We followed Hwy. 82 through town and traced the perimeter of Wallowa Lake where glaciers slithered over the area eons ago. We planned to hike 18-miles roundtrip to Ice Lake where many backpackers set up base camp and then climb the Matterhorn. At 9,845 feet, it is the highest peak in a range that is referred to as the Alps of Oregon. The peak season for the wilderness is July through September. Our visit was in April, which meant two things: there was a lot of snow and we were the only ones nuts enough to be in it.

Upon arrival in the empty parking lot at the West Fork Wallowa River trailhead, I obtained a free permit at the trailhead. We then loaded up our backpacks. In addition to my snowshoes, I crammed in all the comforts of home. Well, at least all the comforts for a very cold home—one with no heat and lots of snow.

We lasted about five minutes on the trail before we changed our route. The soupy, unconsolidated snow pack leading up to Ice Lake looked like the mouth of an avalanche waiting to roar. We instead took the right fork up Chief Joseph Mountain, a 14-mile roundtrip hike that climbs a few thousand feet to a meadow below the famous peak with a great view of the valley.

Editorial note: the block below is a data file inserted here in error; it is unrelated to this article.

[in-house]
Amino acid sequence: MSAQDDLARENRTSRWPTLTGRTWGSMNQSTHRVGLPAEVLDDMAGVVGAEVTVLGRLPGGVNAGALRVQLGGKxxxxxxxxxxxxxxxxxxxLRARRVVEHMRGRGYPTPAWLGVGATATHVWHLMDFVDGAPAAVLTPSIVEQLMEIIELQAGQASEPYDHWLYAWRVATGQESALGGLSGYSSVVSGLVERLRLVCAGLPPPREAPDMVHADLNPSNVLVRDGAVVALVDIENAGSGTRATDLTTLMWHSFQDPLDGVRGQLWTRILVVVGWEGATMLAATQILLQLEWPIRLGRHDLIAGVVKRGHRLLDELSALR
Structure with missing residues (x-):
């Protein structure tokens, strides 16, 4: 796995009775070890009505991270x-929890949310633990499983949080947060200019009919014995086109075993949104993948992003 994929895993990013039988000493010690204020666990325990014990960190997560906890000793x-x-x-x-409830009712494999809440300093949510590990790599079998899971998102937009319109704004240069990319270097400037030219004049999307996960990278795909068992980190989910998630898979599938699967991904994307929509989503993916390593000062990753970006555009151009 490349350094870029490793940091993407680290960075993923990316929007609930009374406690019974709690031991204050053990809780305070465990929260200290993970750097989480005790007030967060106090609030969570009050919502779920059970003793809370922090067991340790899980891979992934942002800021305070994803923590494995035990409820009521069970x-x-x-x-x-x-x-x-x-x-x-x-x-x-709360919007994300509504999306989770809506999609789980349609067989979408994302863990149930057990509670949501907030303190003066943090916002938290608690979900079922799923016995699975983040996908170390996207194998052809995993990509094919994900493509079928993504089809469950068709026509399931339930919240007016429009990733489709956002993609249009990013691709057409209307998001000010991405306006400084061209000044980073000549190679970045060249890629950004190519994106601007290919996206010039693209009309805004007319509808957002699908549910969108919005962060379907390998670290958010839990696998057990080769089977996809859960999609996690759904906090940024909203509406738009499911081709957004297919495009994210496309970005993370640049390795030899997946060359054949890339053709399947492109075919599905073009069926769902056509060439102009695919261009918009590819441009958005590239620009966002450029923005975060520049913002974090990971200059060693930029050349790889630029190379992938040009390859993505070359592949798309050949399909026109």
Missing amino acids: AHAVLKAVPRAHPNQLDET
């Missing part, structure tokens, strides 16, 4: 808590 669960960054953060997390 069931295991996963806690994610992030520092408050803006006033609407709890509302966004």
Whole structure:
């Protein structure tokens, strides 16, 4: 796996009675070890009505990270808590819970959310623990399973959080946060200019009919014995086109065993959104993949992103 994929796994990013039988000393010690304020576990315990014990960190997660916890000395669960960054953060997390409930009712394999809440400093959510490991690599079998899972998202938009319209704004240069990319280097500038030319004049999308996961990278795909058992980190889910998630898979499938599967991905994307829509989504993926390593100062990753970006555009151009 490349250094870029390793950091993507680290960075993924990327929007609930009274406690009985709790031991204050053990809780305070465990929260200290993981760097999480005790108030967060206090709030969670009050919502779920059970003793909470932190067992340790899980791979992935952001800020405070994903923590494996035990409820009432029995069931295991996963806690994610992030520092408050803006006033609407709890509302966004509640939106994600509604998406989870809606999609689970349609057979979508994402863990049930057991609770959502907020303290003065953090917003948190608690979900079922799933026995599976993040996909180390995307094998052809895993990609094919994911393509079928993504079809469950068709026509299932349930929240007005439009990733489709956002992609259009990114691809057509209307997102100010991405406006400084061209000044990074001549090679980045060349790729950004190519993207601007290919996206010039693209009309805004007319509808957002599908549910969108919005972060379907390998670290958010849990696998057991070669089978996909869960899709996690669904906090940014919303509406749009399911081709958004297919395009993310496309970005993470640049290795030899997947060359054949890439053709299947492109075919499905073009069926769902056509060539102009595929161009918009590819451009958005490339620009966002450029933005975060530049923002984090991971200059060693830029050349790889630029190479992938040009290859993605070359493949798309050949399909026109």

Minor patches of snow blotched the path up the gorge and icicles glistened along the walls of the cascading Wallowa River. We confronted an obstacle at the first bridge crossing: a tree had taken out the rail and a part of the bridge.

I nervously glanced at John, whose strategy for crossing was rather obtuse. Now, I am in no way criticizing him. All I am saying is that this chick[en]’s tactic would have been significantly different. Instead of using the tentative and safe approach, John pounded his foot with each step to check stability. If he was gonna go, it would be with gusto.

During the ascent, we had stunning views of the jagged Wallowa Mountains, sparkling rivers rushing by seas of waving tussocks, and the Wallowa Valley’s picturesque lowland farms. In the distance, the faces of the Seven Devils Mountain in Idaho peered over the rise from 9,395 feet. The trail climbed gradually past rockslides with chirping pika playing hide-and-go-seek, through open meadows interspersed with lodge-pole pine and alpine fir, and the occasional luminous waterfall.